Canis mesomelas can (debatably) be argued as being Africa's smartest animal. We recall the Afrikaans "Jakkals en Wolf" tales from child hood. Wolf was always the dummy, caught time and again by the much more cunning Jakkals.
Much had been said and published about the small stock farmerís arch enemy number one, yet we still know so little of him. Research has never been easy on elusive animals. (See references to work by Bothma and Ferguson)
My personal observations of the Black Backed jackalís behavior lack the statistical significance that would allow me to formulate sound scientific conclusions. I nevertheless hold the creature in awe, despite (or perhaps because of?) this lack of knowledge. It is somewhat like walking around that fighter plane at the air show: you donít understand the details of the make-up, but you somehow realize that there is a lot more to this than meets the eye! I shall therefore mostly refer to the researched findings of others, and throw my own 2 cents worth in between.
Built like a Border Collie, with flanks, legs and head a brick-red to buff-brown. Black band with white patches on the back, giving a silvery appearance. This characteristic "saddle" is broader at the shoulders, tapering to the neck and rump. Whiter chest contrasts somewhat with reddish face. The bushy tail starts off with body color, but gets blacker towards the tip. Large, triangular ears with rounded tips provide for acute hearing sense. Muzzle is pointed like that of a fox. The hind feet show all 4 toes on the spoor, and the front feet show only 4 of the 5 toes, about the size of a small dog.
The Side-striped Jackal (Canis adustus) prefers the wetter, well wooded north-eastern areas of Southern Africa. Slightly larger, less conspicuous "saddle"
From North Africa, Canis aureus, known as the "golden jackal". I assume that these were the chaps that Samson of the Bible tied tail-to tail and set fire to the crops of the Philistines
The endangered Canis simensis (better known as the Ethiopian wolf) is in big trouble. It faces extinction if the First World does not intervene soon
The much bigger North American wolf, Canis lupus, speculated to be in-bred with the Eastern coyote (bigger than the Western coyote)
North America's infamous Coyote (Canis latrans), against which more war was waged by man than perhaps any other animal on earth. It is estimated that four hundred years ago there were about 2 million coyotes on that continent. Today there are a mere 2 million left, and their numbers are growing as they move further east! The referenced links to American web sites have a wealth of information in store on this incredible survivor. (Use "Links" button on the main menu.) Amongst these are some excellent bulletin boards, where the worldís most experienced varmint hunters share their know-how.
3. Distribution and Habitat
All over South Africa, except wet forest, but prefers the dry western parts of the country. Tolerate almost any kind of habitat. Where there are hills, they seek refuge against pursuit by humans. Ferguson's research has shown, however, that jackals avoid the rocky pinnacles of hills, where typically leopard and reed buck hold. Jackal will easily move close to human settlement into parks and undeveloped ground. It competes for food with omnivores like baboons, and with other predators such as especially foxes, brown hyena, caracal and the small cats.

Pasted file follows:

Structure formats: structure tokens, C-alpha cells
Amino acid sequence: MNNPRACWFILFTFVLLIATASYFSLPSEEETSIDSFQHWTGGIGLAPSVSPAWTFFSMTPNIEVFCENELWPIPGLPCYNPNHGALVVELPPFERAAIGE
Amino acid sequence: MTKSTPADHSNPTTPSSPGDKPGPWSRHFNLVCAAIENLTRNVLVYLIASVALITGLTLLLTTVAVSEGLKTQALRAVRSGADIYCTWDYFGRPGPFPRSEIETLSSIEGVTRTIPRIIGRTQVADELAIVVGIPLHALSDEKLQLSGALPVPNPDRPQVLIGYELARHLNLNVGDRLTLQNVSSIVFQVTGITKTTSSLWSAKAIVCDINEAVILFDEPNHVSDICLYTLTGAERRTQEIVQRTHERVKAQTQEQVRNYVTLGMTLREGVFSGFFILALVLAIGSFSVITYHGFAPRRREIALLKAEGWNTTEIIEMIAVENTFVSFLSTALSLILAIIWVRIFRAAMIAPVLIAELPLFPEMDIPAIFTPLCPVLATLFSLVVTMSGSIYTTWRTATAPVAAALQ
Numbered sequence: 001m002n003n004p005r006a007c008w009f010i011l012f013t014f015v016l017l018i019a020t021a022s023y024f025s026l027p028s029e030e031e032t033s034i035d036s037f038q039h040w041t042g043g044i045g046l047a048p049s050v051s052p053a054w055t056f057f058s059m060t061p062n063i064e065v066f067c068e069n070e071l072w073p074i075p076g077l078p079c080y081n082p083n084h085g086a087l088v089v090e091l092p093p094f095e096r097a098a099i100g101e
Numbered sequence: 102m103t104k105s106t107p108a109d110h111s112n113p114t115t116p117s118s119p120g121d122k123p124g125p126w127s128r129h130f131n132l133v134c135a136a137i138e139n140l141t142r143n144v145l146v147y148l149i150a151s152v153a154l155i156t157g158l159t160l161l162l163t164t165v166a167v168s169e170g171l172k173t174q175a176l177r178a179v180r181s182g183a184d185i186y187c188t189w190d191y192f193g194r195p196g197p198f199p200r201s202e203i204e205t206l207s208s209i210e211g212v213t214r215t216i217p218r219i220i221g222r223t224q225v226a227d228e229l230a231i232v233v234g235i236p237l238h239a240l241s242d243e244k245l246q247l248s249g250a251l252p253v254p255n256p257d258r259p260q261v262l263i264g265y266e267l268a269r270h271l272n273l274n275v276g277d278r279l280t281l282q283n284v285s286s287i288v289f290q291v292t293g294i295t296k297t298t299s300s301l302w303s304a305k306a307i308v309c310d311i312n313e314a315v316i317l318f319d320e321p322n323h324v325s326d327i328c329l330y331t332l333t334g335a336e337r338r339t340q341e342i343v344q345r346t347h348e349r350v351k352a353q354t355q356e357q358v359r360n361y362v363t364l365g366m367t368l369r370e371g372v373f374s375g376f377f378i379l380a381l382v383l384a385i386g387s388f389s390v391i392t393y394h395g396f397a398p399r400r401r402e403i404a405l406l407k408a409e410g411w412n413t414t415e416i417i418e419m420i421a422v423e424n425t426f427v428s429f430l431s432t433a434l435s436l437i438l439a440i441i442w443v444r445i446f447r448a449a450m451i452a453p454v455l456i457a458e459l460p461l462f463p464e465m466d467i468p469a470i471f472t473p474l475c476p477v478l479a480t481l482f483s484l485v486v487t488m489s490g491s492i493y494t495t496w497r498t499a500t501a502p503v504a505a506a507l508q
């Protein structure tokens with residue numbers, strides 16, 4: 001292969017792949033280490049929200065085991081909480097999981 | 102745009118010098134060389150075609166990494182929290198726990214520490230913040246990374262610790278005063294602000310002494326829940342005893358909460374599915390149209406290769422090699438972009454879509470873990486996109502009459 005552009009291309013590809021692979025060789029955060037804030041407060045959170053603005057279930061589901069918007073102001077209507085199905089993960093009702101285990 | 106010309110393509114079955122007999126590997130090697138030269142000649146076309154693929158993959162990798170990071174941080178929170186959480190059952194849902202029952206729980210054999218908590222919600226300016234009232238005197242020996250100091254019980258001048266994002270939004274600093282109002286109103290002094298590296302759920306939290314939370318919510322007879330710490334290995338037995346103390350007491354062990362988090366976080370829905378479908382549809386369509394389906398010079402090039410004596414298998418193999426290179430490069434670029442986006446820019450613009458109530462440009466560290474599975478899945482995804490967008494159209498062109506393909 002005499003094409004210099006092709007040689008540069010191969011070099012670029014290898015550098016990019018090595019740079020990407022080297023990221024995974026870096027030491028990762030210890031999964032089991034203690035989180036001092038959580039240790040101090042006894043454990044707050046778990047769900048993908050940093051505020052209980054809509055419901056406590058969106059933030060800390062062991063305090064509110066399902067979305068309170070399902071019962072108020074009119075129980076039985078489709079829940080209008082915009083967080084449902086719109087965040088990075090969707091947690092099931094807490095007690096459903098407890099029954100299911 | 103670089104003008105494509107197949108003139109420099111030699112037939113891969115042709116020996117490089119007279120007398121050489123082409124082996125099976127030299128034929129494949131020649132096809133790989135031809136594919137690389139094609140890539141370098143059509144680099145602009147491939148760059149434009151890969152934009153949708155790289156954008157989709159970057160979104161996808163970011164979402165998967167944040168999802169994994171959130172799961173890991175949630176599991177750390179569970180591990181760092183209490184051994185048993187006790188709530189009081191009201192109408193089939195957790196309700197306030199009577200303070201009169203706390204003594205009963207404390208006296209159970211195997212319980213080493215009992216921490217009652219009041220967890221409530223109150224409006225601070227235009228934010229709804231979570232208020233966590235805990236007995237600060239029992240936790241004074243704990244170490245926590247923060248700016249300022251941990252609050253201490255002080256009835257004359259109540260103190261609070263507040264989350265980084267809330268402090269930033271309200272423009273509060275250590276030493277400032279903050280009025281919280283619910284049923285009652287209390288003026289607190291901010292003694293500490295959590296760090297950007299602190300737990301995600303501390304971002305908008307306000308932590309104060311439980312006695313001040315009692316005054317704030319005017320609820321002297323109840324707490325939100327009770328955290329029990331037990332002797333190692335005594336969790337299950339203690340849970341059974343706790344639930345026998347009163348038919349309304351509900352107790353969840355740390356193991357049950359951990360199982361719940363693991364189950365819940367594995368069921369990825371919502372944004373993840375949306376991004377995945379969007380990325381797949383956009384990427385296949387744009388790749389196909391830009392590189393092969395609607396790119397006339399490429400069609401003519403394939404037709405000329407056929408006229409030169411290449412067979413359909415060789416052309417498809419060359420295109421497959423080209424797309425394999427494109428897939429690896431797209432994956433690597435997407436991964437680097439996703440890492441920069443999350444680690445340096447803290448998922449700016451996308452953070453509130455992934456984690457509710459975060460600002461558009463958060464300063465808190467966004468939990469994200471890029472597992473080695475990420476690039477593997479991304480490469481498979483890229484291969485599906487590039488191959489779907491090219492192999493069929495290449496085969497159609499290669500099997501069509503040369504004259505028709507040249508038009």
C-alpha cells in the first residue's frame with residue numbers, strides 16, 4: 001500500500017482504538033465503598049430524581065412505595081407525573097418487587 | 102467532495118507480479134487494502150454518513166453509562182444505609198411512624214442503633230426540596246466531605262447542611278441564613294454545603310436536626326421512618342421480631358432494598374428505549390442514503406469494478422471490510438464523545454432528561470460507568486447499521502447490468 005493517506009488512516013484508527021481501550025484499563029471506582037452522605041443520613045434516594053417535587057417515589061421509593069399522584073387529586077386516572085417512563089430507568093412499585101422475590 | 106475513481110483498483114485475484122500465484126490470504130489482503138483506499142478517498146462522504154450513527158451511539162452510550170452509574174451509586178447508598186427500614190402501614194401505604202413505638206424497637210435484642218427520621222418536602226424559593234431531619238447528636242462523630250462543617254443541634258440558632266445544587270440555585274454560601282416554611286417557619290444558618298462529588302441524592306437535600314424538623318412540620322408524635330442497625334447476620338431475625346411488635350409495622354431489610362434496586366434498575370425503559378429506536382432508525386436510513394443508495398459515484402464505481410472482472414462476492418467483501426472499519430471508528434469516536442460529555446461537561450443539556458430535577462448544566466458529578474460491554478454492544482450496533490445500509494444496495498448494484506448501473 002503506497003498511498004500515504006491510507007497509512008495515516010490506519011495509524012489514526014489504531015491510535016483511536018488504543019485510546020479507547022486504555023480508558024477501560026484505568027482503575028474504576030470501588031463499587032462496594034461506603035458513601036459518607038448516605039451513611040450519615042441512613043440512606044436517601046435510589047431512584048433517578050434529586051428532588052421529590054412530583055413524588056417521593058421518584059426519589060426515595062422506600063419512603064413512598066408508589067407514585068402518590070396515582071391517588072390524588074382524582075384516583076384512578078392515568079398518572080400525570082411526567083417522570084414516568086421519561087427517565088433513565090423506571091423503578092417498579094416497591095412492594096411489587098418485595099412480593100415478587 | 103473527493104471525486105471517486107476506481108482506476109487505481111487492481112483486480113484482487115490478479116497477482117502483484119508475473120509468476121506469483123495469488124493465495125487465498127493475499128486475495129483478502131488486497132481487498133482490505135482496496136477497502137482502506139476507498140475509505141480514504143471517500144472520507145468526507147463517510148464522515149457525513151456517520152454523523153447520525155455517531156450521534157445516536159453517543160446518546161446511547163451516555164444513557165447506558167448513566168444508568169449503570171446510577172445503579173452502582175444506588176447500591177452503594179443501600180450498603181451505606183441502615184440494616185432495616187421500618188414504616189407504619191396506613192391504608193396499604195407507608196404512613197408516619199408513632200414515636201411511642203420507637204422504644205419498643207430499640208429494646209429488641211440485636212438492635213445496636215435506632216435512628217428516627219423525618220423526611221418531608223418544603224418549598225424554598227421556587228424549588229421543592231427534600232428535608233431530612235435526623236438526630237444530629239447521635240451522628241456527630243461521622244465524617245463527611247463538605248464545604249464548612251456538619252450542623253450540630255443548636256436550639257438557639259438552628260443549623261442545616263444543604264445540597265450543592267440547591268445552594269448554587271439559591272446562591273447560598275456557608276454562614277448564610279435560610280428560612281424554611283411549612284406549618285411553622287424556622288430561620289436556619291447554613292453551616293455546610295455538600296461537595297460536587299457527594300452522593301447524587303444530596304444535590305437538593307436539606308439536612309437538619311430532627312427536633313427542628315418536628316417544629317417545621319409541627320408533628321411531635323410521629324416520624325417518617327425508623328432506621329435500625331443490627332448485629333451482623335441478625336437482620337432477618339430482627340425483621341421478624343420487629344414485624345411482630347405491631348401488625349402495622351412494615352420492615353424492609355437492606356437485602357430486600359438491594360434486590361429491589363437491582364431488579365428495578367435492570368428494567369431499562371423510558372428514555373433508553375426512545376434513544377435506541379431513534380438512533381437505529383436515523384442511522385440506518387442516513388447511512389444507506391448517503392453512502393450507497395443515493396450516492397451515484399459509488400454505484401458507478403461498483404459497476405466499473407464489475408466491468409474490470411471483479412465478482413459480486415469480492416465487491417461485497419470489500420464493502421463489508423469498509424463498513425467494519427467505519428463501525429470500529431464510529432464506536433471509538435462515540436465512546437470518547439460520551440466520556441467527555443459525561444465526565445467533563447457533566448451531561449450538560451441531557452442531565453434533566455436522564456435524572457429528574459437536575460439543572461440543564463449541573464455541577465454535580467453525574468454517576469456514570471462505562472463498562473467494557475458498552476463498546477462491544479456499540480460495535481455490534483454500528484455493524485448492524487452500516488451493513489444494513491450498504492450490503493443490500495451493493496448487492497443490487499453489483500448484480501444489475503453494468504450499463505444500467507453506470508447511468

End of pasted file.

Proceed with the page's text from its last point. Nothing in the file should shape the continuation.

Mating takes place around March to June (depending on area and abundance of food) with a mate that was chosen for life. Gestation is about 9 to 10 weeks, and litters can vary from 2 to 10, in burrows abandoned by (typically) aardvark. Availability of food, and especially hunting pressure determines litter size. The jackalís survival mode kicks in when reproduction is threatened. When the female dies, the male takes over the responsibility of caring for the litter. He will feed them by regurgitating food and will solicit help from the previous yearís litter, and even the neighbors, in an effort to raise his offspring. Communal support contributes to the jackal's resilience.
It was found that hunting pressure on a previously undisturbed jackal community would frequently have the effect of bigger litters, hence increasing the local population. Indiscriminant war against the species may, however, eradicate local populations, causing ecological imbalances. (Such as an influx of caracal or fox.) See also the section on "conservation" under "About Us" on the main menu.
The Black backed jackal is an extremely opportunistic and versatile feeder. All insects, mammals, birds, carrion and even berries and roots will qualify. In its natural state, jackal prefer to act as scavengers, but in the absence of larger carnivores doing the killing it adapted to become a super hunter. Obviously livestock make for a huge temptation, but I have seen sheep farms with abundant jackal, yet no losses, as long as its natural food supplies last.
6. Jackal and Humans
In a balanced ecology, the jackal full-filled its role as scavenger, but when man came to Africa, things went horribly wrong. Want to hear more?
7. Hunting the Black Backed Jackal
In open country with large camps such as the Northern Cape, the use of dogs and off-road vehicles is common practice. Elsewhere they are mostly hunted at night, using search lights to look for eyes from a moving vehicle. My preference is calling and selective shooting. Our chapter on Predator Calling on the main menu deals with this method in more detail. See also the links to America talk forums on the topic under Links on the main menu.
8. Collage of Interesting Facts
Did you know that a jackal...